Sarcoids should never be underestimated. My professor at University once told me the only thing predictable about a sarcoid is they are unpredictable! Although most sarcoids can be treated with a fairly good success rate it would be foolish to make this assumption without considering the facts. Approximately 8% of horses in the UK suffer from sarcoids and while they rarely lead to death they can become so debilitating that euthanasia is necessary.
We perform many pre purchase examinations on horses and something that can easily break the sale of a horse is the discovery that the horse has a sarcoid. Clients look to us for guidance on helping them make the decision to buy the horse so here are some of the things we consider when offering advice:
The first thing I will consider is the location of the sarcoid. This dictates what treatment can or can't be used and whether the sarcoid interferes with tack increasing the risk of the sarcoid changing and also the amount of time off work following treatment. Sarcoids around the eye are very limited in what options are available for treatment and perhaps unsurprisingly treatment in this area is VERY expensive. My horse Charlie had a sarcoid the size of a small pea around his eye and he had radiotherapy to treat it, the bill came to £5500 but 5 years later the sarcoid has not come back and is unlikely to do so.
The second thing I think about is the type of sarcoid. There are six different classes of sarcoids and some are more aggressive than others. Certain sarcoids such as occult sarcoids are also notoriously difficult to treat.
Horses with multiple sarcoids usually present more of a problem for me when it comes to passing them suitable for purchase at a vetting. Firstly more sarcoids will cost more to treat and likely take longer and require more time off work. But secondly, there's a good chance that the horse could develop further sarcoids in different locations.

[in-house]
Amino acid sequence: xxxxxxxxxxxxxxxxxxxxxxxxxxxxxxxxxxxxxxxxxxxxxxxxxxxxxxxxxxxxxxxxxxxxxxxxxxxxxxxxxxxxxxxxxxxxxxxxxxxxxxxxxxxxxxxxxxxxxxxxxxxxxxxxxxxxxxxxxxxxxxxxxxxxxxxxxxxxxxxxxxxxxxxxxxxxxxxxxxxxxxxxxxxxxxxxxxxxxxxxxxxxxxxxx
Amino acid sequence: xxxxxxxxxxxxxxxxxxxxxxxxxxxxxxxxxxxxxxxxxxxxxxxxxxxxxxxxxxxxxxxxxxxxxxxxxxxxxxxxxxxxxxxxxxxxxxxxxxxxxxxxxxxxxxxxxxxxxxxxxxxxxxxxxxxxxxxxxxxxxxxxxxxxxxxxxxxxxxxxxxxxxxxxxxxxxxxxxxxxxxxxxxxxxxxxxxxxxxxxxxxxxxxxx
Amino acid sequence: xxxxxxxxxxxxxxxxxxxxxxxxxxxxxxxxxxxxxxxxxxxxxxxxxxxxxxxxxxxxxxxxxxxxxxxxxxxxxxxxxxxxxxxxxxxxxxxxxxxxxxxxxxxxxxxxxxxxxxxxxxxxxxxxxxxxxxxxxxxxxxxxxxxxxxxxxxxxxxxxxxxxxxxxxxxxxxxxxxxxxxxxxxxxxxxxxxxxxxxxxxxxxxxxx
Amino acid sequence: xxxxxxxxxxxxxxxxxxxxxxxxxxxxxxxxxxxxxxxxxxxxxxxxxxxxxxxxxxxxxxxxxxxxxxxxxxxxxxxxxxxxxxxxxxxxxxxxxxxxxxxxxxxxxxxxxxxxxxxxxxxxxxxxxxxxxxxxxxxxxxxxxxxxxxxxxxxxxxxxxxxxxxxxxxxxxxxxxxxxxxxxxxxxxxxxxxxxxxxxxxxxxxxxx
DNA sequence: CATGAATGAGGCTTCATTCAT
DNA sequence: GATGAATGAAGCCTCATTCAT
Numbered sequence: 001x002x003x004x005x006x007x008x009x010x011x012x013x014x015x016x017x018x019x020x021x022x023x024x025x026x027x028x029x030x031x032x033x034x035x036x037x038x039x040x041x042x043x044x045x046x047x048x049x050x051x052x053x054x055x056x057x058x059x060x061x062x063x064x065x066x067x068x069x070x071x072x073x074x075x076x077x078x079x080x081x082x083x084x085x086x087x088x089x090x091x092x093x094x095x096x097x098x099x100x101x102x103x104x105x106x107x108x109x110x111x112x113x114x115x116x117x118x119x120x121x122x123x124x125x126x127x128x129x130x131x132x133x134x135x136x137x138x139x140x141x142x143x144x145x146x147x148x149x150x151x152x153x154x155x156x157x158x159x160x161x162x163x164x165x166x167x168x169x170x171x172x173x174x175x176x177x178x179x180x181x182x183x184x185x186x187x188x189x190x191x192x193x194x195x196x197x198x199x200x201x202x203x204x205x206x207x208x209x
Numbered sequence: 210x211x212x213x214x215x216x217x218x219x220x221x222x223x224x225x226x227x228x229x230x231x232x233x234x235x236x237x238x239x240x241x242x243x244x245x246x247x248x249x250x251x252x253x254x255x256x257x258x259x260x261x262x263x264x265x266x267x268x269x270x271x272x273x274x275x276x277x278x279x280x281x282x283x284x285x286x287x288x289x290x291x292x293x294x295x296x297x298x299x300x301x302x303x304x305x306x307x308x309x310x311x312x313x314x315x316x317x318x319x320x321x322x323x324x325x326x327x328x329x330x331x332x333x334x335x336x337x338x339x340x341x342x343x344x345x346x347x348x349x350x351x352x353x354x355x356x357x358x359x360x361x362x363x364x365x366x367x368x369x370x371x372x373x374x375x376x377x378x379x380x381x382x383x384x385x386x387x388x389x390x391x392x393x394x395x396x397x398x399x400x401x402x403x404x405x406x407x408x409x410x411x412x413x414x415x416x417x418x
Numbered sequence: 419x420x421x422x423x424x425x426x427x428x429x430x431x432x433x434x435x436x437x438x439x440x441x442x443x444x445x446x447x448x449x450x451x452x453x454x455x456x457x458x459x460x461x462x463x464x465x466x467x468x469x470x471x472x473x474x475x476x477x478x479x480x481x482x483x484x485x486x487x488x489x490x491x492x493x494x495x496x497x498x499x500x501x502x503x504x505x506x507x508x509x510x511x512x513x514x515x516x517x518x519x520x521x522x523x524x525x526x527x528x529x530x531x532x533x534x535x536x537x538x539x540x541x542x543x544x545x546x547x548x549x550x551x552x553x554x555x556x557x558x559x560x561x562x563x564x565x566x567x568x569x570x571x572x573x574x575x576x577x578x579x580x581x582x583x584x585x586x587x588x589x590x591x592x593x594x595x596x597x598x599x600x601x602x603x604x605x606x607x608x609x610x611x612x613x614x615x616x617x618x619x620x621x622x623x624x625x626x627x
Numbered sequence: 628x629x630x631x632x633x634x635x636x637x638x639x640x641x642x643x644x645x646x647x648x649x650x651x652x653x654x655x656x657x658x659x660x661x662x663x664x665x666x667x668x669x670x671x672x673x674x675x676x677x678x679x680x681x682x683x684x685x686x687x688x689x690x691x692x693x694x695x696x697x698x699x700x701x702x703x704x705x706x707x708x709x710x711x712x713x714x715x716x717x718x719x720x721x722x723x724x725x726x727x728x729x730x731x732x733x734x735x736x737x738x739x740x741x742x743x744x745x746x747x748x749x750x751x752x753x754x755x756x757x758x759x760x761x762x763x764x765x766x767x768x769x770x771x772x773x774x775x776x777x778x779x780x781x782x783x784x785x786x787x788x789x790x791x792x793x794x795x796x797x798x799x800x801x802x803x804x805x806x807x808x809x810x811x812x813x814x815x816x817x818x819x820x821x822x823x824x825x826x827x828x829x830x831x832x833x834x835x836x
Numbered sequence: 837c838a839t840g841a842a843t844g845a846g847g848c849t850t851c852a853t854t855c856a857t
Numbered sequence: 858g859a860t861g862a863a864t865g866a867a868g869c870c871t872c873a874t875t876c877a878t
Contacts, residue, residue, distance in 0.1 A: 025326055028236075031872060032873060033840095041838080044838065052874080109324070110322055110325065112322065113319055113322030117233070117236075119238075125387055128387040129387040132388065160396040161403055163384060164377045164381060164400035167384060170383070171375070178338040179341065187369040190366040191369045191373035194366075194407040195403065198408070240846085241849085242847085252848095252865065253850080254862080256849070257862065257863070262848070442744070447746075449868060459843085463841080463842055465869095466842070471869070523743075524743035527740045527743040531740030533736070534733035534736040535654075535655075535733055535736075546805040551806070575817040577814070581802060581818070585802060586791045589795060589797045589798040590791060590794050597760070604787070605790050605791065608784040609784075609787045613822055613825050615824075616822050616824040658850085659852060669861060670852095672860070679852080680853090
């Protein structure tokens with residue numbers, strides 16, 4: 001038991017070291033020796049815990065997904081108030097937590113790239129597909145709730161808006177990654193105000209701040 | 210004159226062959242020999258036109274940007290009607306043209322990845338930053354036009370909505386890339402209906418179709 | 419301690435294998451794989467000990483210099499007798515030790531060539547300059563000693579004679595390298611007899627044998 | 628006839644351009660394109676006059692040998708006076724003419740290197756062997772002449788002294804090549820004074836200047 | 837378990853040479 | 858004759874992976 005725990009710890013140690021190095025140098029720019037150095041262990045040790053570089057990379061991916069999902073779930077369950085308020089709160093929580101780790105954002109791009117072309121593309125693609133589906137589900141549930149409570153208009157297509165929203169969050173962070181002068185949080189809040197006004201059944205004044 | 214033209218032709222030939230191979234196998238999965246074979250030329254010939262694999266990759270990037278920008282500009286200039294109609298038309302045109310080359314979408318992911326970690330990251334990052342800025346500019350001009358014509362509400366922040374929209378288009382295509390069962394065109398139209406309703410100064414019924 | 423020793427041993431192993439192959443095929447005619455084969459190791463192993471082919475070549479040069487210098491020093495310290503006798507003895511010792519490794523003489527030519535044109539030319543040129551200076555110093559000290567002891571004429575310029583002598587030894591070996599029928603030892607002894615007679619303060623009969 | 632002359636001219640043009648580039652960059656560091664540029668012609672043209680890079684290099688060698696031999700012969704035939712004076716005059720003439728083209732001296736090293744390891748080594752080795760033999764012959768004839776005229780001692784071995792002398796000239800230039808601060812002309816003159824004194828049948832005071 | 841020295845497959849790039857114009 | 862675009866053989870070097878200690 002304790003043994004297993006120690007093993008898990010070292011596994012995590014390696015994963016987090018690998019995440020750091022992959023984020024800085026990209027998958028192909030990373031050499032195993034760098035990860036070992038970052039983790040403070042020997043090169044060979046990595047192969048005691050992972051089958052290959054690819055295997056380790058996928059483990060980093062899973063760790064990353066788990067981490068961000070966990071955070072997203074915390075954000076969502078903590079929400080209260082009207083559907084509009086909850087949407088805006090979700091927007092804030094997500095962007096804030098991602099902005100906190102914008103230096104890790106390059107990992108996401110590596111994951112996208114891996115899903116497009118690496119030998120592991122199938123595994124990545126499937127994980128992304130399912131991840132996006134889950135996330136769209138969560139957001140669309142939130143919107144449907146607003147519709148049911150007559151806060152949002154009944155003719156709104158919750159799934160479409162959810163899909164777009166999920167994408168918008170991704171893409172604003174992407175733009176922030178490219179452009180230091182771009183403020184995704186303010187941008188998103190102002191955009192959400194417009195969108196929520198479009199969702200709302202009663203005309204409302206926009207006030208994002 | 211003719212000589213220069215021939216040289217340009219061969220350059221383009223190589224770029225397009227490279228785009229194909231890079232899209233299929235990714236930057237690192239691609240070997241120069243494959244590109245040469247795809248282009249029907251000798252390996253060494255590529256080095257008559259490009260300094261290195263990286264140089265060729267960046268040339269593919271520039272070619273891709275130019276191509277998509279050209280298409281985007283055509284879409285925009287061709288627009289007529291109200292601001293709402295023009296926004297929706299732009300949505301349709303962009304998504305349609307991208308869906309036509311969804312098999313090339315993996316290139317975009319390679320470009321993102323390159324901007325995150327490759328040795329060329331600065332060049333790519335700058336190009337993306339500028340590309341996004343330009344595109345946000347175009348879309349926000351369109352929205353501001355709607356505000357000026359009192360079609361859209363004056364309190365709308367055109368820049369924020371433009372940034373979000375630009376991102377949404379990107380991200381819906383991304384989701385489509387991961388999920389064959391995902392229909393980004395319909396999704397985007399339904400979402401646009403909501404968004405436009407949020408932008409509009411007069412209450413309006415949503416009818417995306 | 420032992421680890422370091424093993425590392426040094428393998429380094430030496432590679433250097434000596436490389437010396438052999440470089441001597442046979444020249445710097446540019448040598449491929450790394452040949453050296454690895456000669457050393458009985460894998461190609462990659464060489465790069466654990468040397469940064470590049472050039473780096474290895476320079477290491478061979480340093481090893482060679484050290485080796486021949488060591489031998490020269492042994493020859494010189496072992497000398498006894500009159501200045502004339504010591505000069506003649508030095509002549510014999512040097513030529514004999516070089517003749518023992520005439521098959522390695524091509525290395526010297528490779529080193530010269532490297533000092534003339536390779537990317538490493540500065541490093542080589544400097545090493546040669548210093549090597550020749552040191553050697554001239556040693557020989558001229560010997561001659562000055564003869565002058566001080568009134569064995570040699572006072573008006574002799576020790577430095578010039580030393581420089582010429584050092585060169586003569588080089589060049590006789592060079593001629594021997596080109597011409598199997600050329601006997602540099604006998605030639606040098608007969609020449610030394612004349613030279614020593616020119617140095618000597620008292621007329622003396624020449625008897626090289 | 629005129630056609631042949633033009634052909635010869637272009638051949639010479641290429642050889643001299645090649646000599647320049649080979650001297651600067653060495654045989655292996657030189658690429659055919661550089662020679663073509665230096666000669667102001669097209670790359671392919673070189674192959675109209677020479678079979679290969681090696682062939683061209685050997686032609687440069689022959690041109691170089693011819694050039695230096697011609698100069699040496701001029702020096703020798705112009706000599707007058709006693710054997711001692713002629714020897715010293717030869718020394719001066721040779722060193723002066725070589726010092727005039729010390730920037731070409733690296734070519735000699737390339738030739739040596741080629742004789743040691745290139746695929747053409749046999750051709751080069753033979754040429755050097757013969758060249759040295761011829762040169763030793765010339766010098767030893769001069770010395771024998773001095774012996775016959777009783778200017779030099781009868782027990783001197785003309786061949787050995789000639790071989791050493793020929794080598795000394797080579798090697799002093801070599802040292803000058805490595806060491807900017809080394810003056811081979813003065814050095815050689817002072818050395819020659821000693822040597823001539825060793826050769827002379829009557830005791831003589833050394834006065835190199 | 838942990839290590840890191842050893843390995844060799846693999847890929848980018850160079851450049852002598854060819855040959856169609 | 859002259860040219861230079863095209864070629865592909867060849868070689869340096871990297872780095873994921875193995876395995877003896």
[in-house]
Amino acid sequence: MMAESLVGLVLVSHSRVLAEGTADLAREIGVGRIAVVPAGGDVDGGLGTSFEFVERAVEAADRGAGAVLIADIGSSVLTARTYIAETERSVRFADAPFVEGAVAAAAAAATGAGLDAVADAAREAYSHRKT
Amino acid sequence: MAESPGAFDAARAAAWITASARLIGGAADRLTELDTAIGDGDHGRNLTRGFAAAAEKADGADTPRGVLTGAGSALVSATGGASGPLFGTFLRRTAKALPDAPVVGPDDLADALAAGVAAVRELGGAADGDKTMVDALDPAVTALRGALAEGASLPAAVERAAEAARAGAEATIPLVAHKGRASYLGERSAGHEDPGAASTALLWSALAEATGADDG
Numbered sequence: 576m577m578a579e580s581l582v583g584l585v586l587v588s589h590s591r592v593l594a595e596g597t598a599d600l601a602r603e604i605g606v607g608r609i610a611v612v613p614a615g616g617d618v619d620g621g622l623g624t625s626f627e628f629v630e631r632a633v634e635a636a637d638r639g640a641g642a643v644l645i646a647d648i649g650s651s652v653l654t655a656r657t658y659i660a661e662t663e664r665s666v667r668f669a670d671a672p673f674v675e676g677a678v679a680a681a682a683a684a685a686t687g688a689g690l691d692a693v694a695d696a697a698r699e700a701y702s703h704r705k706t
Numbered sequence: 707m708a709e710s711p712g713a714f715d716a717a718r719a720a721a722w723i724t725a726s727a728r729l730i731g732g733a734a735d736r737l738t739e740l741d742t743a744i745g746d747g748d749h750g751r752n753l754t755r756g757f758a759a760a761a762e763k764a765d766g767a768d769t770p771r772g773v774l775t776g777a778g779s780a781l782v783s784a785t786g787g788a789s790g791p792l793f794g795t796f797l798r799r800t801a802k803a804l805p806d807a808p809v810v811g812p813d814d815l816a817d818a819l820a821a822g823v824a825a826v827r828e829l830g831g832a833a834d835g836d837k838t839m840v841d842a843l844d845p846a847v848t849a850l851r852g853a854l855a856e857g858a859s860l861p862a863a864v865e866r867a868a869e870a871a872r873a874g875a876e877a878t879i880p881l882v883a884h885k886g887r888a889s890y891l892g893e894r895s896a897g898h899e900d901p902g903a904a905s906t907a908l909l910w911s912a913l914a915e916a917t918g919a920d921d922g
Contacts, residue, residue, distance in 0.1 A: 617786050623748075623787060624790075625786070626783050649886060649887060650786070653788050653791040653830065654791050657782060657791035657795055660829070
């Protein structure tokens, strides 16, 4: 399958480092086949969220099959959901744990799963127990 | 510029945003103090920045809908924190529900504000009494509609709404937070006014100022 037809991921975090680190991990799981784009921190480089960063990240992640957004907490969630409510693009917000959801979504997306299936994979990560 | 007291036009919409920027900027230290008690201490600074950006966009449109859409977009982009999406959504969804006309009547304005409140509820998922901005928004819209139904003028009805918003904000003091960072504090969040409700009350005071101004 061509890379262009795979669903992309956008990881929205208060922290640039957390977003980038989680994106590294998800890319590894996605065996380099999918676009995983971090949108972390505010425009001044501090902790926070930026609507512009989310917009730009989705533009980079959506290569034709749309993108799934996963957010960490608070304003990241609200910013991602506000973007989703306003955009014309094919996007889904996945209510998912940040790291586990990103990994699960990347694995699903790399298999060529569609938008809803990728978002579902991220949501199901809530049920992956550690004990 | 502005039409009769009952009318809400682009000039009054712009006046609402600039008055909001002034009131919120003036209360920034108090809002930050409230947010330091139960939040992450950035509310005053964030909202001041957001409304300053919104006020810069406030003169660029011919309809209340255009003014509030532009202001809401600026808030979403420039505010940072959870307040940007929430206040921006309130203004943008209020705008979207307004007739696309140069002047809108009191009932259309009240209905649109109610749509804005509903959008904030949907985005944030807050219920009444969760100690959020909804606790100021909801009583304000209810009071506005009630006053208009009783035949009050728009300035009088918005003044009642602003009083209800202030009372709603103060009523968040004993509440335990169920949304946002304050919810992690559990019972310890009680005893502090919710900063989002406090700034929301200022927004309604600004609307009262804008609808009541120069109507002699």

How much will it cost the client to treat these sarcoids if they decide to buy the horse? Cost must be factored in, especially in the case of sarcoids around the eye and muzzle the cost to treat may be more than the value of the horse. It's also worth considering that the sarcoid(s) will not be covered on your insurance policy so you must have ample funds to deal with the treatment and enough to cover any complications.
And finally what about re-sale? It may be your dream horse and you may be offering a home for a life time but I see it time and time again when clients circumstances unexpectedly change and they have to sell their horse or in the case of children's' ponies grow out of them. You may find it more difficult to sell a horse with a sarcoid. It may have developed more sarcoids. It could fail a vetting. These are all things that need to be taken into consideration.
So before you go ahead and buy your dream horse with a sarcoid ask yourself these questions: Can I afford to treat the sarcoid and other sarcoids if they develop? Am I prepared to have sarcoids excluded from my insurance policy? Will I want to sell the horse in the future and if so am I prepared for a drop in value?
My best advice – get an experts opinion. We will be able to tell you what type of sarcoid(s) you're dealing with, best treatment options, likely success rates and costs. You have to make the ultimate decision but our job is to make that as easy as we can!
If you're thinking of buying a horse with a sarcoid or considering a pre purchase examination call us today on 07747771182.